Have you ever heard about the social media website Tsu.co? I’m going to guess that most of you haven’t, and that’s mostly because we now know that;
- The first rule of Facebook is you don’t talk about Tsu
- The second rule of Facebook is you don’t talk about Tsu
- The third rule of Facebook is you don’t talk about Tsu
Actually, it’s not just Facebook directly, but also Instagram and Messenger are actively blocking any instance of the web address, so much so, that Facebook has backdated the ban, deleting more than 1 million Facebook posts, including images, videos and comments that ever mentioned Tsu.co.
So what the hell is going on? I hear you ask.
“We’re persona non grata,” said Sebastian Sobczak, who founded Tsu. “You can type in all sorts of seedy websites, and you can get to them. But not us. We don’t exist.”
Tsu, a new social network which claims to share advertising revenue with its users. The site keeps 10%, you keep 45% and you friends which you invited split the rest. If that sounds a little bit like a pyramid scheme, it’s because it’s pretty obvious it is. Of course, people love money, so there’s certainly an incentive to use the service over the current business models at Facebook, but to me, it sounds a little too good to be true and not worth the hassle.
“Tsu said it had been receiving a decent amount of traffic from Facebook, averaging more than 2,534 visits a day. When that dropped to zero, Tsu appealed to Facebook, arguing that it didn’t violate Facebook’s terms of service, because it did not pay users to push content to Facebook.” said CNN.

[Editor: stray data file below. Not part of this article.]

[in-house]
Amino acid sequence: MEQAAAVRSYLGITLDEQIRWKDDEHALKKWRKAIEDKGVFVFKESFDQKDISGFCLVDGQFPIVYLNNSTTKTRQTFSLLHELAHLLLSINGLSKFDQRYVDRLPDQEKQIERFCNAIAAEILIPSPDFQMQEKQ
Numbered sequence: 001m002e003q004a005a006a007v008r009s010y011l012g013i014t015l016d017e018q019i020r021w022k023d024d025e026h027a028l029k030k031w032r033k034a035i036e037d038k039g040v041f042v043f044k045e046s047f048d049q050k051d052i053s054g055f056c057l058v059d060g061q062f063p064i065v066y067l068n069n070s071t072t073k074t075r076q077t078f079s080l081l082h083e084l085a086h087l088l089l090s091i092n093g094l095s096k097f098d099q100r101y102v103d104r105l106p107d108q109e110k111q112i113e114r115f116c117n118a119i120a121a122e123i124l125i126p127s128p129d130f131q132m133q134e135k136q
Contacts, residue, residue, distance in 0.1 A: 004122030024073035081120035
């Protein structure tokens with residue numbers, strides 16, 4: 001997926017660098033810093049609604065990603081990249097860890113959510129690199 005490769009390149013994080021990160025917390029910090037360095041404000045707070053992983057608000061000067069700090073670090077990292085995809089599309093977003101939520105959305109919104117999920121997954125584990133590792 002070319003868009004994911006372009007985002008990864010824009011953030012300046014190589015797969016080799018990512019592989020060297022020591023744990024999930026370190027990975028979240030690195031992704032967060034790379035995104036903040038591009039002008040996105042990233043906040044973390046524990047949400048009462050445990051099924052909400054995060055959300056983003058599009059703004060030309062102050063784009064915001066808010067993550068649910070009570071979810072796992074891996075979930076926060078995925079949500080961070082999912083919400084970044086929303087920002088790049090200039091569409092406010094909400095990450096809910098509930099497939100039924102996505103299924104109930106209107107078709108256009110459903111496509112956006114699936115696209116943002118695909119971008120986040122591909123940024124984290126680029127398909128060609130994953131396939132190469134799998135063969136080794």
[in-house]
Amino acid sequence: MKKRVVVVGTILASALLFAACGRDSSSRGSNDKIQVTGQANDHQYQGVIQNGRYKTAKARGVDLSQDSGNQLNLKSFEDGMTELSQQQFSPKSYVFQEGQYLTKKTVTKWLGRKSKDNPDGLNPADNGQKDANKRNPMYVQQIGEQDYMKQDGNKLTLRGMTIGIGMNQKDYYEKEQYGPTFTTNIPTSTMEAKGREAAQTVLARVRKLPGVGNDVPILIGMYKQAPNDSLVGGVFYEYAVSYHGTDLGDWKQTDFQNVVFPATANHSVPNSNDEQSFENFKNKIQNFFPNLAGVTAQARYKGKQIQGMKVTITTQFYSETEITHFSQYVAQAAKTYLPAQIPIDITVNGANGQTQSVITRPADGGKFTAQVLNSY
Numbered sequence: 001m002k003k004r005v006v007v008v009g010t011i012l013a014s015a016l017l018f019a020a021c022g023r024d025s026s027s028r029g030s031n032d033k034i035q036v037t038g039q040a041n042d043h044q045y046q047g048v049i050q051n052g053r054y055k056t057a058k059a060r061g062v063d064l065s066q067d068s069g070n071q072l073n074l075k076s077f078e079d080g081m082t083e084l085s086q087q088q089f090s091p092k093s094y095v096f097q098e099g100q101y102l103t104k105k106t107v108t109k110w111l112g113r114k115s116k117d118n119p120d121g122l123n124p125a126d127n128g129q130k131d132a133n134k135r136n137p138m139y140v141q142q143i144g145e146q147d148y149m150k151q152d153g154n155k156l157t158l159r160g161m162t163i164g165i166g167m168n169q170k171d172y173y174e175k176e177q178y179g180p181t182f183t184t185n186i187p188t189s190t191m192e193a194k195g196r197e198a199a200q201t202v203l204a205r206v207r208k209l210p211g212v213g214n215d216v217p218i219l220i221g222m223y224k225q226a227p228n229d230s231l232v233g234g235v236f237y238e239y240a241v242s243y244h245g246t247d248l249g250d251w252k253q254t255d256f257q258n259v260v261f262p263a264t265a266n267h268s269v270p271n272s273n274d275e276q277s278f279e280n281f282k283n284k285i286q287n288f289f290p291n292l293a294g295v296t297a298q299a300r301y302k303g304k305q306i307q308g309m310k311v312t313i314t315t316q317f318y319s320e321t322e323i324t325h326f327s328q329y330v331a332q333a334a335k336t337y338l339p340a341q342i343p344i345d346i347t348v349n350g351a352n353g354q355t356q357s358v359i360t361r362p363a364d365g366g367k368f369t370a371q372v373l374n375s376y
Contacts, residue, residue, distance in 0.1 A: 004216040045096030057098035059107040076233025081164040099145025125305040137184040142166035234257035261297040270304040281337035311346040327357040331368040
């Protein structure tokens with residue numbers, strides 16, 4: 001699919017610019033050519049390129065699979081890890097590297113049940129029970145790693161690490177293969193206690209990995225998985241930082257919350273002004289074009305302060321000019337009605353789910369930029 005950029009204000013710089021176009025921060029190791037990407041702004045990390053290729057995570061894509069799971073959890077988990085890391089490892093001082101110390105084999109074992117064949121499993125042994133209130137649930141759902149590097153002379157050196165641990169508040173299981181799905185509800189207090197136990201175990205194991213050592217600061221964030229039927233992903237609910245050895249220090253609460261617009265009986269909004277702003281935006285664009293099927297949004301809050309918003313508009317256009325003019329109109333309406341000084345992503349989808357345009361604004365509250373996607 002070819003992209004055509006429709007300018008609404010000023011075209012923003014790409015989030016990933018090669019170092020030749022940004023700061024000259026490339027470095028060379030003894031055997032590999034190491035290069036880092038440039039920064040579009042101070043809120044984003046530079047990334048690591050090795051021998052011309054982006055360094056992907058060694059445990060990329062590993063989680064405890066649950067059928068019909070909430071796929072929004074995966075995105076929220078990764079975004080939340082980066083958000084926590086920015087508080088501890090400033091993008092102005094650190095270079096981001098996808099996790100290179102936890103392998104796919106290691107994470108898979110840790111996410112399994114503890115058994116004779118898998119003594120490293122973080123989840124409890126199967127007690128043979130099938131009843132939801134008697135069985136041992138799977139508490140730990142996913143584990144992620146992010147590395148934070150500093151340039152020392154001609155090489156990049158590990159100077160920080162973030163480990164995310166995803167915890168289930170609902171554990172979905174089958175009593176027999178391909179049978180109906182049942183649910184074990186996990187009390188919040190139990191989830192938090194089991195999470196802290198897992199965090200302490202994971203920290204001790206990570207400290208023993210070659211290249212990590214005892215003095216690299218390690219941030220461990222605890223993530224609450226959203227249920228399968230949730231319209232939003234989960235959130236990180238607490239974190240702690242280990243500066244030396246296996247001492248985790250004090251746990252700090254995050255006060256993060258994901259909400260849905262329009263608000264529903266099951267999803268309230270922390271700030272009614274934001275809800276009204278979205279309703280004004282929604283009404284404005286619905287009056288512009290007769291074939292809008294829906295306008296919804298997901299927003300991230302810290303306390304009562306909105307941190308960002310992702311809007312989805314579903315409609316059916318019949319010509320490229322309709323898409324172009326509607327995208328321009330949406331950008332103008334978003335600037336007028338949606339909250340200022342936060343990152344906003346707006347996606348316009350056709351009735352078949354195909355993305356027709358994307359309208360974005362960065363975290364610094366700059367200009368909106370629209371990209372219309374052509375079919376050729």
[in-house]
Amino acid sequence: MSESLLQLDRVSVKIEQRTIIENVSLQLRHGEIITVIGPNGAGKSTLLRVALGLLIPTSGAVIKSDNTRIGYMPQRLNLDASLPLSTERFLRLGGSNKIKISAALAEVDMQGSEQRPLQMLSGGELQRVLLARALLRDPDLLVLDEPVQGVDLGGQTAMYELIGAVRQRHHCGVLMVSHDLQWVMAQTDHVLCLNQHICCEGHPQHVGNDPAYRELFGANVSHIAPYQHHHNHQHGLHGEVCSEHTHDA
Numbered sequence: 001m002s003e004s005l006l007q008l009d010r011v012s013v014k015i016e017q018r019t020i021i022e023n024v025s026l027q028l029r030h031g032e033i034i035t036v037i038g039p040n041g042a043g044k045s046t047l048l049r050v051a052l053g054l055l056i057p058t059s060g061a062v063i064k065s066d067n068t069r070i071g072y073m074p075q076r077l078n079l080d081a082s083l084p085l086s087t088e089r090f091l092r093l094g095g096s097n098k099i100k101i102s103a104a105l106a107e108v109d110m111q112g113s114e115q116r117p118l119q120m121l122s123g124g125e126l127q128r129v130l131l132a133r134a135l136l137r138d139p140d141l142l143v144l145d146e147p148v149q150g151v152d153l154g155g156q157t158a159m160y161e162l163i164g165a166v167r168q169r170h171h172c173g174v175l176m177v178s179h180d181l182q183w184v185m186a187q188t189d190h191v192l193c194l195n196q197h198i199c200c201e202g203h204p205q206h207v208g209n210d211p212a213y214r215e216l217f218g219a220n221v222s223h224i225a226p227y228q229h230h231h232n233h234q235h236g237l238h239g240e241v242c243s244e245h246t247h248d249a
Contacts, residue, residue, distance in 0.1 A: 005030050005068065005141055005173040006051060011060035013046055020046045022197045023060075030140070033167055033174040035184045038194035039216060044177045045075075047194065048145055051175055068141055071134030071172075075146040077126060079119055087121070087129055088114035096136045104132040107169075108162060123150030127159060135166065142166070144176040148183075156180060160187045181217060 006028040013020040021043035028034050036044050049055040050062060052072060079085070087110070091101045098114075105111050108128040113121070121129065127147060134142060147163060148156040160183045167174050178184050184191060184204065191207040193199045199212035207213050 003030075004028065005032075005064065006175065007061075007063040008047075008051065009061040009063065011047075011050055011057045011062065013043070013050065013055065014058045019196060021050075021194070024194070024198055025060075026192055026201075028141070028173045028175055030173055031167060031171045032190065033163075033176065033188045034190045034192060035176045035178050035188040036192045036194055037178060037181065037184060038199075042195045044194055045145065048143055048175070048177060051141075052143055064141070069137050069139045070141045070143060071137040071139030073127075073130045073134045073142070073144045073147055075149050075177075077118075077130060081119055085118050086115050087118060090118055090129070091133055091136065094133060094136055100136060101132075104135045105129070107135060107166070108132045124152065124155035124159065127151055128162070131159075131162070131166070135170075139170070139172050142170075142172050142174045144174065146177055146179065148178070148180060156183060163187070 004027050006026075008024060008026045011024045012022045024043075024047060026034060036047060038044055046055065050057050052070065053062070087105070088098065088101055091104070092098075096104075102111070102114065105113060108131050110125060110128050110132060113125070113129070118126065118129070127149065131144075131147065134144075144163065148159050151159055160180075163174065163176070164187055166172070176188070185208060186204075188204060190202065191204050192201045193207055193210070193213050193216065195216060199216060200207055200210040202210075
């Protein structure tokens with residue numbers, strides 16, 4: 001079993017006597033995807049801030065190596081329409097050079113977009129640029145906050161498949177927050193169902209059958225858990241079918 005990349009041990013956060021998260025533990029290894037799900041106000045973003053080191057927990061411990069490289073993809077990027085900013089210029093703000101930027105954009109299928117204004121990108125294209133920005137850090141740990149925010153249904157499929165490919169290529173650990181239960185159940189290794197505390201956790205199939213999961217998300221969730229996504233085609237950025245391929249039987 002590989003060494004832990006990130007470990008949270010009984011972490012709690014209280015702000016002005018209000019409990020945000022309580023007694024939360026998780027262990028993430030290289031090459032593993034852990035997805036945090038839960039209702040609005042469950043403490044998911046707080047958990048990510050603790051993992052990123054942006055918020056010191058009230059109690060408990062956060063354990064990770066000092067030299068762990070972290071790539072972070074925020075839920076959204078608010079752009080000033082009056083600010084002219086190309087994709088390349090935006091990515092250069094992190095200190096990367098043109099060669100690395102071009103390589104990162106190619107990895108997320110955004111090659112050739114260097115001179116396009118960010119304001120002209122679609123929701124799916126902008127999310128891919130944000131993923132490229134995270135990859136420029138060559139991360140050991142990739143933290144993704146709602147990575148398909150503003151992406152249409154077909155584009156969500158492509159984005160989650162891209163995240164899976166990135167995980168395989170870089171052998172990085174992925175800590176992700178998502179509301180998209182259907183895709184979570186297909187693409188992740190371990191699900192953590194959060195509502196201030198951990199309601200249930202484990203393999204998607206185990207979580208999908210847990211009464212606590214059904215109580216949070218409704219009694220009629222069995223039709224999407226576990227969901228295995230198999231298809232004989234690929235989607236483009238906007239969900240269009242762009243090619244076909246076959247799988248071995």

“We do not allow developers to incentivize content sharing on our platform because it encourages spammy sharing,” said Melanie Ensign, a Facebook spokesperson.
If Facebook didn’t ban this, there’s a chance that social media channels could quickly become flooded with links to Tsu, as people try to earn extra revenue, suddenly sharing your photos becomes financially motivated, rather than just socialising. Facebook has now marked the links as spam as of September 25th.
Is Facebook trying to stop a competitor stealing their users, or is this a smart move to block what could be seen as a scam in the long run? Who knows, but one thing is for certain, you sure as hell can’t type Tsu.co into Facebook to talk about it.